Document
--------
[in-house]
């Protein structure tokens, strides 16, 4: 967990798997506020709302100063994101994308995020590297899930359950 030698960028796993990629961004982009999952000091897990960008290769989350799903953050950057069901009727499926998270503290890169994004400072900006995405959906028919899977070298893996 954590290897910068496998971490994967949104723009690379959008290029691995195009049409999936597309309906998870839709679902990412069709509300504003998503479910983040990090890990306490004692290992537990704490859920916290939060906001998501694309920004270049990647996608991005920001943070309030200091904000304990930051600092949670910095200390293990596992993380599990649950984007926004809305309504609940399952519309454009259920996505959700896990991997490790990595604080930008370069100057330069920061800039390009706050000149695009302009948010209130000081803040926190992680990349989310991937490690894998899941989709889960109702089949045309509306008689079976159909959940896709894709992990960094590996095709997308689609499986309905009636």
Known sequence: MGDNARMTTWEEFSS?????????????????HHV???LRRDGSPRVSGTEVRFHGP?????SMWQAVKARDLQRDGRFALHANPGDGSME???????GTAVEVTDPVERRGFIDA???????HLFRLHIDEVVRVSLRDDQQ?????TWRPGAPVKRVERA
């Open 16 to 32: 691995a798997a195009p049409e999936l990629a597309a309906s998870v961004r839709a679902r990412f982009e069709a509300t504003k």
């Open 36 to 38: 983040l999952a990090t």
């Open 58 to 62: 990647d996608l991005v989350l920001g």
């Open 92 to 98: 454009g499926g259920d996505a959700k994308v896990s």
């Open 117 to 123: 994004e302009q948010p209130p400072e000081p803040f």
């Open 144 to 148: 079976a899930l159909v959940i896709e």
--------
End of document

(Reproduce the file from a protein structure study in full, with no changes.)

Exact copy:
[in-house]
């Protein structure tokens, strides 16, 4: 967990798997506020709302100063994101994308995020590297899930359950 030698960028796993990629961004982009999952000091897990960008290769989350799903953050950057069901009727499926998270503290890169994004400072900006995405959906028919899977070298893996 954590290897910068496998971490994967949104723009690379959008290029691995195009049409999936597309309906998870839709679902990412069709509300504003998503479910983040990090890990306490004692290992537990704490859920916290939060906001998501694309920004270049990647996608991005920001943070309030200091904000304990930051600092949670910095200390293990596992993380599990649950984007926004809305309504609940399952519309454009259920996505959700896990991997490790990595604080930008370069100057330069920061800039390009706050000149695009302009948010209130000081803040926190992680990349989310991937490690894998899941989709889960109702089949045309509306008689079976159909959940896709894709992990960094590996095709997308689609499986309905009636």
Known sequence: MGDNARMTTWEEFSS?????????????????HHV???LRRDGSPRVSGTEVRFHGP?????SMWQAVKARDLQRDGRFALHANPGDGSME???????GTAVEVTDPVERRGFIDA???????HLFRLHIDEVVRVSLRDDQQ?????TWRPGAPVKRVERA
């Open 16 to 32: 691995a798997a195009p049409e999936l990629a597309a309906s998870v961004r839709a679902r990412f982009e069709a509300t504003k």
């Open 36 to 38: 983040l999952a990090t």
């Open 58 to 62: 990647d996608l991005v989350l920001g």
């Open 92 to 98: 454009g499926g259920d996505a959700k994308v896990s």
């Open 117 to 123: 994004e302009q948010p209130p400072e000081p803040f």
């Open 144 to 148: 079976a899930l159909v959940i896709e």